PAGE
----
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My goodness, Christmas seemed to slip in on us and now we are facing a brand new year.
I seriously doubt if the Evans household will splurge on any extravagance celebration to welcome in 2008. We will face it with a month- old great-grandson who has no idea what may lie ahead.
Two events of major concern for us are paying property taxes by Jan. 15 and celebrating my 75th birthday in February.
That's as good a reason as any (not the taxes) to pause and look at New Year's past.
You know, there was this one time that Momma and I were the only brave souls under our roof to stay up to welcome in the new year.
The little Philco radio next to the kitchen cabinet was broadcasting live big band music of Guy Lombardo and his Royal Canadians from the Crystal Ballroom.
Sitting at the kitchen table, we were there in our minds, picturing the splendor of dapper dressed fellas in tuxedos and tails and ladies in flowing satin gowns while the music played.
Momma was sipping a cup of hot coffee and I had a Coca Cola poured over large ice cubes just taken from the old Crosley.
As we finished off the Christmas goodies, the radio announcer switched from the happenings in the Big Apple to a reporter standing by in glamorous Hollywood.
Talk about high tech – one moment we were listening to New York and the crowds swarming into Times Square and the next, we were tuned into Kate Smith in Hollywood.
Although it wasn't time to flip any of them, we had gotten a bunch of new calendars from Lancaster merchants to hang.
On the kitchen door was the J.F. Mackey Drug Company because it was the biggest and all the special days were marked. It was my favorite because it told which days the fish would bite, along with the phases of the moon - the important stuff that everybody kept up with.
About that time, Momma got up to draw off the water in the pot where she put those dried black-eyed peas for dinner time on New Year's Day.
My mind was spinning with the thought that those white grains of rice would soon be turned into fluffy clouds ready for making hoppin' John.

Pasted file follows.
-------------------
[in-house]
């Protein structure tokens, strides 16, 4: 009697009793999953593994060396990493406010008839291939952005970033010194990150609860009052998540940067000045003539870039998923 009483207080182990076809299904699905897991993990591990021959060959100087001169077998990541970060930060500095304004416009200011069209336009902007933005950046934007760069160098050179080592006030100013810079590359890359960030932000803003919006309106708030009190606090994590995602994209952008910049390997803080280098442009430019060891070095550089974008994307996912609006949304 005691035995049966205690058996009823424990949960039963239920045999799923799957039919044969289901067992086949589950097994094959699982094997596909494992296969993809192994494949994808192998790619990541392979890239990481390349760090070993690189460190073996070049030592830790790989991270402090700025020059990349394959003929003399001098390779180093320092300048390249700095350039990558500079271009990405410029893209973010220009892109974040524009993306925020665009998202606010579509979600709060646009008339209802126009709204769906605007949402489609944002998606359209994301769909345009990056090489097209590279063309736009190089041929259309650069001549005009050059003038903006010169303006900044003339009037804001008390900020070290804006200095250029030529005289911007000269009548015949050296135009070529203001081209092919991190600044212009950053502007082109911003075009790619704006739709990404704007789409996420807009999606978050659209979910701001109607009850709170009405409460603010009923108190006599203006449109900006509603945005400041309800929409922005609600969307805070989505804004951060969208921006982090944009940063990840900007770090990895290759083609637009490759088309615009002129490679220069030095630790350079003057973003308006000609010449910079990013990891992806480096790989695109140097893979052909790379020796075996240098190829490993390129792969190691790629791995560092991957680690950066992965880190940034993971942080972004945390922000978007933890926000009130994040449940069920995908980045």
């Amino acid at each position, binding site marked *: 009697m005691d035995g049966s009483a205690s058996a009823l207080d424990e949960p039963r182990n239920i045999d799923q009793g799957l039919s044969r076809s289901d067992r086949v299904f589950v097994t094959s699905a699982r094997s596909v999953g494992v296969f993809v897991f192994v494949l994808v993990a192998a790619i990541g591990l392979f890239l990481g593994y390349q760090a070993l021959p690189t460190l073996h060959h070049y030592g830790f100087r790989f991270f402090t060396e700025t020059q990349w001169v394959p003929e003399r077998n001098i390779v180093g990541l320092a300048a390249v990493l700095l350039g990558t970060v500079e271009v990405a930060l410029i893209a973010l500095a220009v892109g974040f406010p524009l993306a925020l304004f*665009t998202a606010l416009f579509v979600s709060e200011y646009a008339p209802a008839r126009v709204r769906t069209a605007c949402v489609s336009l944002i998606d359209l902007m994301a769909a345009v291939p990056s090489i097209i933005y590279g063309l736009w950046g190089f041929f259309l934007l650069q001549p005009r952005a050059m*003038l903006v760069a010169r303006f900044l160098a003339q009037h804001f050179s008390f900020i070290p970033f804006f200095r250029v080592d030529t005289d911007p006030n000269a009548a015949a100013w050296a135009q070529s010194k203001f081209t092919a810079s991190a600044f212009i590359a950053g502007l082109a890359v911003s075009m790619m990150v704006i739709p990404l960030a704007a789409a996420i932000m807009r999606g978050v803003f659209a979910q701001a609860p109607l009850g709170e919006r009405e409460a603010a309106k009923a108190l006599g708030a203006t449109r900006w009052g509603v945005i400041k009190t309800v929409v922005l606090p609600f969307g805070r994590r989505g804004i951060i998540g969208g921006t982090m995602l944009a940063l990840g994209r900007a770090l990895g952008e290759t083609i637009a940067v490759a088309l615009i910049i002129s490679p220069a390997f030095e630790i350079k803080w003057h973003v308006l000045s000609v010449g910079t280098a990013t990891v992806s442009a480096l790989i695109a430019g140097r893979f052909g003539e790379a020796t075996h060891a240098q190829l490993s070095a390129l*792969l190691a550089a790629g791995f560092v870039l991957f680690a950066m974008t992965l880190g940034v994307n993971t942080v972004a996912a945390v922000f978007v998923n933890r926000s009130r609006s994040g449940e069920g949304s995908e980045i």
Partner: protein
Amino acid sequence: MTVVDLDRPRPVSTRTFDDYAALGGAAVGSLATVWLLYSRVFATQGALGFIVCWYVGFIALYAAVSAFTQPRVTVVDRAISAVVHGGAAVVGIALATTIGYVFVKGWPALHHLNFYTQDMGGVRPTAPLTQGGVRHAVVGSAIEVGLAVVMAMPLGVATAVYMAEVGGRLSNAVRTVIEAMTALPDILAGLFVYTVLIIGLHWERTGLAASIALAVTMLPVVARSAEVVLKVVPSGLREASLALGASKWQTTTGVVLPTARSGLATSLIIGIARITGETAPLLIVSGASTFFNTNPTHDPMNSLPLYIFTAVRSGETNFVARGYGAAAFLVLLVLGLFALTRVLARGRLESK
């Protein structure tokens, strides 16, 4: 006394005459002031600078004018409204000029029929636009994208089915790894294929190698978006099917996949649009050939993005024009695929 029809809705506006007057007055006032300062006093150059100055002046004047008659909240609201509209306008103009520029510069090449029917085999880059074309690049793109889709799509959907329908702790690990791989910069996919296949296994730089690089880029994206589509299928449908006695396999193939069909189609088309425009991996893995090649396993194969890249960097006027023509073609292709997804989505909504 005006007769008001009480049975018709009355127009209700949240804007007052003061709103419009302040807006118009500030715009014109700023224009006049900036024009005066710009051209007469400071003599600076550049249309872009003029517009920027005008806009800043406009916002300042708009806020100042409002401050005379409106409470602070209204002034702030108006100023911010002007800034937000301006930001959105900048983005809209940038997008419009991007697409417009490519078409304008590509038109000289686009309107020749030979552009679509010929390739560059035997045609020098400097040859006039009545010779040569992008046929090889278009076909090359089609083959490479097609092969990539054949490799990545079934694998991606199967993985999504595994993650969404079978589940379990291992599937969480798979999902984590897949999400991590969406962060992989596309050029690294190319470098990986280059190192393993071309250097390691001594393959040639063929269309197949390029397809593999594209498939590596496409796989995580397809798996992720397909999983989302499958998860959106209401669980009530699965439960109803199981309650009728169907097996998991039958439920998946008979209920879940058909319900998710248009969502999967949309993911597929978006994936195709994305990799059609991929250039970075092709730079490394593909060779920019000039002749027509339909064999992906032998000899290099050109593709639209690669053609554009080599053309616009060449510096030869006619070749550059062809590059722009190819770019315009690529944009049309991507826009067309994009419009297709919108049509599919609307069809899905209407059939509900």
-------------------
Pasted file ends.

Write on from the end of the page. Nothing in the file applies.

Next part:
Momma always put a shiny dime into the black-eyed peas pot and if the dime ended up in your plate, you were assured of having good luck. You know, to me it started off good by just getting the dime!
Another tradition was eating collard greens, which according to folklore guaranteed you a prosperous new year with plenty of money.
I preferred turnip greens to collard greens every time, but I must've been the only one on Chesterfield Avenue who felt that way. I swear, so many collards were cooked on New Year's Day in our neighborhood, a green, smelly collards haze hung in the air.
The Jan. 1 edition of The Charlotte Observer usually had a banner heading that read "Happy New Year" along with a cartoon of old Father Time and his flowing beard giving way to an infant with the a 19?? stamped across his diaper-encased rump.
Every once and while - when the calendar cooperated - The Lancaster News would come out on New Year's Day, too. Its front page would always recall the significant happenings of the past 365 days.
You know, it's a sight how many of those events we just forgot about. It was nice of them to remind us.
Naturally, we couldn't get our minds off the war. Folks everywhere were hoping and praying that the new year would bring an end to it and that our servicemen and women would be coming back home.
Why, look at this – here's a newspaper picture of Times Square at the stroke of midnight! It looks just like we pictured last night while listening to the radio.
OK, that's enough of that, I thought, as I headed out the door to find something else to occupy my time.
I walked around to the front sidewalk and stared at it. You know, it didn't look any different from the year before. Some things, I guess, stay the same.
With the advent of 2008, I wish lots of things happen for the best and bunches of stuff - like the memories made on that sidewalk - will still remain the same.
On Tuesday, make sure to holler "Happy New Year" to as many folks you encounter.
And it you really mean it, I'll wager the dime from a pot of black-eyed peas that it will happen.